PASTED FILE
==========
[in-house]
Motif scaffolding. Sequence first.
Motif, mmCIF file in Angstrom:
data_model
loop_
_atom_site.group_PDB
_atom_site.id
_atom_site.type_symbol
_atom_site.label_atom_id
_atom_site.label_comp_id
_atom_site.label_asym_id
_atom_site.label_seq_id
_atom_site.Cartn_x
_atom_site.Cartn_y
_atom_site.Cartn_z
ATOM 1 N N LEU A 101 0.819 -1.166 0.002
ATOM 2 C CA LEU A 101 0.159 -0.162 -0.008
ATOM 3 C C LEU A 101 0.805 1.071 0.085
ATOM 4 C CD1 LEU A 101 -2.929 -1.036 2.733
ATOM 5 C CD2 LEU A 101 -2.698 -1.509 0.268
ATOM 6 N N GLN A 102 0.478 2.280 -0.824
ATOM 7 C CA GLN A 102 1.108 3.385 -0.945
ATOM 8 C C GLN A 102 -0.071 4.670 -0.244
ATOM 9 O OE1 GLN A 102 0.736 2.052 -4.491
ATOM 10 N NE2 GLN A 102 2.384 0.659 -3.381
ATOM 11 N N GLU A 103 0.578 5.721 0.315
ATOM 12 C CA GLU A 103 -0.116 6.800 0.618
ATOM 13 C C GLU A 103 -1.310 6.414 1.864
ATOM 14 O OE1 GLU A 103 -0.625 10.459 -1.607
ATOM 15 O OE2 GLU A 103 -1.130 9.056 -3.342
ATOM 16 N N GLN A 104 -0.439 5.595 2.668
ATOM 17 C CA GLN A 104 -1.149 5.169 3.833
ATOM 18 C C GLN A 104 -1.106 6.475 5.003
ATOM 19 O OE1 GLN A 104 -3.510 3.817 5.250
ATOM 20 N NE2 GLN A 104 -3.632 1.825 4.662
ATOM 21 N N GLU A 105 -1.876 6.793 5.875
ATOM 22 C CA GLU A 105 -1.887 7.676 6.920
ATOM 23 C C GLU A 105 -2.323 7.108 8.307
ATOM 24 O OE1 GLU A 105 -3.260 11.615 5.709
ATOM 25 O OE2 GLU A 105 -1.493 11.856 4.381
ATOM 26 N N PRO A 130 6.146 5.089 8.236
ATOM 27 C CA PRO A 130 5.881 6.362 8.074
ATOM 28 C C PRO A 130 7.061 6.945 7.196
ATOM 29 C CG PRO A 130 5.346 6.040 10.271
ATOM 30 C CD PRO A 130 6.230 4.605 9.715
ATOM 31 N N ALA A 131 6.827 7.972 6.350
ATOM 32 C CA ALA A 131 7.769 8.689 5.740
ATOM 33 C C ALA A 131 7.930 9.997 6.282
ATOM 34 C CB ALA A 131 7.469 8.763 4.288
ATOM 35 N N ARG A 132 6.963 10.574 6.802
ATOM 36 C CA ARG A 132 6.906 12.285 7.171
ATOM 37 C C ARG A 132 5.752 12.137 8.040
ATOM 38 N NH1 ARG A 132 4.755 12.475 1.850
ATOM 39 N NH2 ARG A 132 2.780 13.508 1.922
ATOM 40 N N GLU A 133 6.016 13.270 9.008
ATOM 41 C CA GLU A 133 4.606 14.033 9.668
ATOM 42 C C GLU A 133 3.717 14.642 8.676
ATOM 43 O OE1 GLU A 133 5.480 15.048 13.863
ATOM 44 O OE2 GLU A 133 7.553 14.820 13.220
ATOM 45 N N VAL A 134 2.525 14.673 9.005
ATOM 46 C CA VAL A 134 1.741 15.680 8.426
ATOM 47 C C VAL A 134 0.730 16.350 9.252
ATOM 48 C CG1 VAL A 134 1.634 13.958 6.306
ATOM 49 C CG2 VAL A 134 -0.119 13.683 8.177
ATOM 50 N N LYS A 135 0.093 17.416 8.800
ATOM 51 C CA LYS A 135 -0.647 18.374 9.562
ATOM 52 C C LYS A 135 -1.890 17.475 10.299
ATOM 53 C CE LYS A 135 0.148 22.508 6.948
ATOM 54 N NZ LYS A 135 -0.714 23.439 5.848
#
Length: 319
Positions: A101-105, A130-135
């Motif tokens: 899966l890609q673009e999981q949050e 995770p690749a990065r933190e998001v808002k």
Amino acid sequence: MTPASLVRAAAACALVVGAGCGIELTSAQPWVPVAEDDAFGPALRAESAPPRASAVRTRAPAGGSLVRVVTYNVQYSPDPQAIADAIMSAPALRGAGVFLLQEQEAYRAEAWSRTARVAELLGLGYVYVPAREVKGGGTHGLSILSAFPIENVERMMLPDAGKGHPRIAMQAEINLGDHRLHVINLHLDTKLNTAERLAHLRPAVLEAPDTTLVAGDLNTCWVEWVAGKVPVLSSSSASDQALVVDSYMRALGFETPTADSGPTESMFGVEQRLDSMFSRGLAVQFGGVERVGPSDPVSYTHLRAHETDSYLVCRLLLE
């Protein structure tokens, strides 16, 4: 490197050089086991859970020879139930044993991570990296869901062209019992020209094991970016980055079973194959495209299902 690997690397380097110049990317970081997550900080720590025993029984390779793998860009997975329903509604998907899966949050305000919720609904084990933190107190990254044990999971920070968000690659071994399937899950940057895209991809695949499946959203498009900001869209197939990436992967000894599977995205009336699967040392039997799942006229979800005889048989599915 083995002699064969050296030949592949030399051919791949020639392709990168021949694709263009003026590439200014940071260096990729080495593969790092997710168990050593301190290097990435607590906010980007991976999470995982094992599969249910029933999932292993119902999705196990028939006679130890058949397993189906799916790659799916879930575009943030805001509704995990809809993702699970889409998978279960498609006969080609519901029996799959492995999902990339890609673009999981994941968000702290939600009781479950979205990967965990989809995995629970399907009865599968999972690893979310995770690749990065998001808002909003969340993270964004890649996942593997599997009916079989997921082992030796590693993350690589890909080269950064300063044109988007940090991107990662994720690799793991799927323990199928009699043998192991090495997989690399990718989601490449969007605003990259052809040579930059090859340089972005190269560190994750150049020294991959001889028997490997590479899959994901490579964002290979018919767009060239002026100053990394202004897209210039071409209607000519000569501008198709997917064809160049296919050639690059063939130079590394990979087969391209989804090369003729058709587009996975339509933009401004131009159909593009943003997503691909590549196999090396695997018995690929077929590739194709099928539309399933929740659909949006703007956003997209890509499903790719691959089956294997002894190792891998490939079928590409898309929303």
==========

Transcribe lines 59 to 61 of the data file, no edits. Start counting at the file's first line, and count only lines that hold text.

ATOM 44 O OE2 GLU A 133 7.553 14.820 13.220
ATOM 45 N N VAL A 134 2.525 14.673 9.005
ATOM 46 C CA VAL A 134 1.741 15.680 8.426